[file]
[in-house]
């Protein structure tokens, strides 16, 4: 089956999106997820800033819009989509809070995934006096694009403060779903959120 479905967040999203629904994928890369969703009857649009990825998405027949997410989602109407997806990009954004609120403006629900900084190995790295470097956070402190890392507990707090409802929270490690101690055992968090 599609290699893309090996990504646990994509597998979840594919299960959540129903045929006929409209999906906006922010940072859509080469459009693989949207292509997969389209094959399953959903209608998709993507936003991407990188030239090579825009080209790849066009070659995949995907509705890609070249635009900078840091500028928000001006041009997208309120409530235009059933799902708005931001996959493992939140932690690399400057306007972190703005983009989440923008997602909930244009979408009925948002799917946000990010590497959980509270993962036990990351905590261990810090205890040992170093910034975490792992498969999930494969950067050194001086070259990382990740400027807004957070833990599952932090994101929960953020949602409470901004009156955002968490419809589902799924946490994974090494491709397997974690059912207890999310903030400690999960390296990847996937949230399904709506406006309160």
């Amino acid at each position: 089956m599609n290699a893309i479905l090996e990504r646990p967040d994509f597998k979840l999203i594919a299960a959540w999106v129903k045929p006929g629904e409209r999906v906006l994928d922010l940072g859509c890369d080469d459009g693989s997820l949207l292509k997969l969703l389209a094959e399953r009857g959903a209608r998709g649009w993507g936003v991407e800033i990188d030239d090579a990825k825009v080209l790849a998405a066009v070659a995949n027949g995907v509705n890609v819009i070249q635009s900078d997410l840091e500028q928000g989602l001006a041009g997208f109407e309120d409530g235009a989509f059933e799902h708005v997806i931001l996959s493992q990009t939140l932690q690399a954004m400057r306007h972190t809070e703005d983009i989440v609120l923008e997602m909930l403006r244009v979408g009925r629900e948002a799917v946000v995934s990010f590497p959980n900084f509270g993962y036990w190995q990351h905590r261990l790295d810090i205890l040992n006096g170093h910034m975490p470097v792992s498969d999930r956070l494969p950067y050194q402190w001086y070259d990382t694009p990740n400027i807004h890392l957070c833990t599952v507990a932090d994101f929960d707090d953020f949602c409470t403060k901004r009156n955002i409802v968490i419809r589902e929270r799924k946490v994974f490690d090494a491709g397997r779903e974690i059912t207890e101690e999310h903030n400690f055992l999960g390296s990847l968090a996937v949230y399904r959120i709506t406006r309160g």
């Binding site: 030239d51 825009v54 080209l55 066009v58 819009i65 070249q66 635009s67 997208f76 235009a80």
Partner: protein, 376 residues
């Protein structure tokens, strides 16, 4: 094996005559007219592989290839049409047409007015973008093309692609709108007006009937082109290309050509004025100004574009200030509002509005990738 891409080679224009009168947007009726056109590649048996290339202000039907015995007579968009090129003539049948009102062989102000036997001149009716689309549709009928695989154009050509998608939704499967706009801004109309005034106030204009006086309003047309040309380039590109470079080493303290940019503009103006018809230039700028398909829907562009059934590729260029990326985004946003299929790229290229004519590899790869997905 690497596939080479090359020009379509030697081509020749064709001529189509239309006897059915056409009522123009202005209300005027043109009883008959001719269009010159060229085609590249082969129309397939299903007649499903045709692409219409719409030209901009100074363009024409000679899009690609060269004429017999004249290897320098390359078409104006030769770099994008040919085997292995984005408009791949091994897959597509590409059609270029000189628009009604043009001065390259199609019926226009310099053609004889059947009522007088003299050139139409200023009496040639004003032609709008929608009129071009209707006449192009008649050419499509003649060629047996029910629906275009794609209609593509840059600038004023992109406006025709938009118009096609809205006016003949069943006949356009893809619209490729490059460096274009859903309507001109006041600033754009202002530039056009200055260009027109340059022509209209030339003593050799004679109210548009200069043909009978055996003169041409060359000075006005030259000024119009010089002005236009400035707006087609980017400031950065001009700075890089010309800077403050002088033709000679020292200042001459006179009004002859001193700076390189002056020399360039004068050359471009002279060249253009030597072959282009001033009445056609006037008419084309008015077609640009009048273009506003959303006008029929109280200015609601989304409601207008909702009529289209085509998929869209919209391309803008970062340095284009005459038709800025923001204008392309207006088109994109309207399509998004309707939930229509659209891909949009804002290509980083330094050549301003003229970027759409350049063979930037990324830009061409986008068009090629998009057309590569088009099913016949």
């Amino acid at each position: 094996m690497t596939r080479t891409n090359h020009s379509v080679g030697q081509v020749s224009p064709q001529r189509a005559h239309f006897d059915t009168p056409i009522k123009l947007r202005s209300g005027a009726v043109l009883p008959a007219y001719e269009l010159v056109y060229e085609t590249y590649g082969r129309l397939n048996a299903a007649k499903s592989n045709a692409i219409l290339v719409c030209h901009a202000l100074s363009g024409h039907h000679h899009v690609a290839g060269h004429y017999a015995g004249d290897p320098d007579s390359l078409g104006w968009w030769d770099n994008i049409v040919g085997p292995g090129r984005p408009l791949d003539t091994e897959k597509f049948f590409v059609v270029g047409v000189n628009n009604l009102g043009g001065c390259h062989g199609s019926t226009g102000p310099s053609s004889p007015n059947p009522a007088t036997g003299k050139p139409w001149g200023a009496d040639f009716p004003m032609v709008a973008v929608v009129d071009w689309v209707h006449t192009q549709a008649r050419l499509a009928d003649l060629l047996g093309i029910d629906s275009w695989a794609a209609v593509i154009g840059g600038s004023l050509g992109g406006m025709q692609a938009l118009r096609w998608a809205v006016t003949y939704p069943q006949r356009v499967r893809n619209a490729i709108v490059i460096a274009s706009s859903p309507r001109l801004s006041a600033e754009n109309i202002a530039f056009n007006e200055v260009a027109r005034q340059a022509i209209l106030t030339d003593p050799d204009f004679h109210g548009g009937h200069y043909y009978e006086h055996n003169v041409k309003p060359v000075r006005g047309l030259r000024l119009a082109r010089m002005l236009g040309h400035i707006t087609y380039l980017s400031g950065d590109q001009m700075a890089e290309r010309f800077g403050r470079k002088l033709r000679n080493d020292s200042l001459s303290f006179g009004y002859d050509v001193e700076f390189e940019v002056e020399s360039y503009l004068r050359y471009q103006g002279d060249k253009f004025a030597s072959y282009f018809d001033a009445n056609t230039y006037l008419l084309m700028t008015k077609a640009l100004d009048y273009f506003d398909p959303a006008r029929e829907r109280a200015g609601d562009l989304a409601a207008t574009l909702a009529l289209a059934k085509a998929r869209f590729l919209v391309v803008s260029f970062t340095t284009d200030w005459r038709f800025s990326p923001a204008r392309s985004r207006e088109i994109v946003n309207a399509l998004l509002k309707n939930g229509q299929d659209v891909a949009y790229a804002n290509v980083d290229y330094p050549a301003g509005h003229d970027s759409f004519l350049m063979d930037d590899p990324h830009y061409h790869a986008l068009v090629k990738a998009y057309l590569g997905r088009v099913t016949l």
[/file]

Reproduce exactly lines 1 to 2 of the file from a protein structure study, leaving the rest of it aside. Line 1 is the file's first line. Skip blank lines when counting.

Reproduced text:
[in-house]
């Protein structure tokens, strides 16, 4: 089956999106997820800033819009989509809070995934006096694009403060779903959120 479905967040999203629904994928890369969703009857649009990825998405027949997410989602109407997806990009954004609120403006629900900084190995790295470097956070402190890392507990707090409802929270490690101690055992968090 599609290699893309090996990504646990994509597998979840594919299960959540129903045929006929409209999906906006922010940072859509080469459009693989949207292509997969389209094959399953959903209608998709993507936003991407990188030239090579825009080209790849066009070659995949995907509705890609070249635009900078840091500028928000001006041009997208309120409530235009059933799902708005931001996959493992939140932690690399400057306007972190703005983009989440923008997602909930244009979408009925948002799917946000990010590497959980509270993962036990990351905590261990810090205890040992170093910034975490792992498969999930494969950067050194001086070259990382990740400027807004957070833990599952932090994101929960953020949602409470901004009156955002968490419809589902799924946490994974090494491709397997974690059912207890999310903030400690999960390296990847996937949230399904709506406006309160």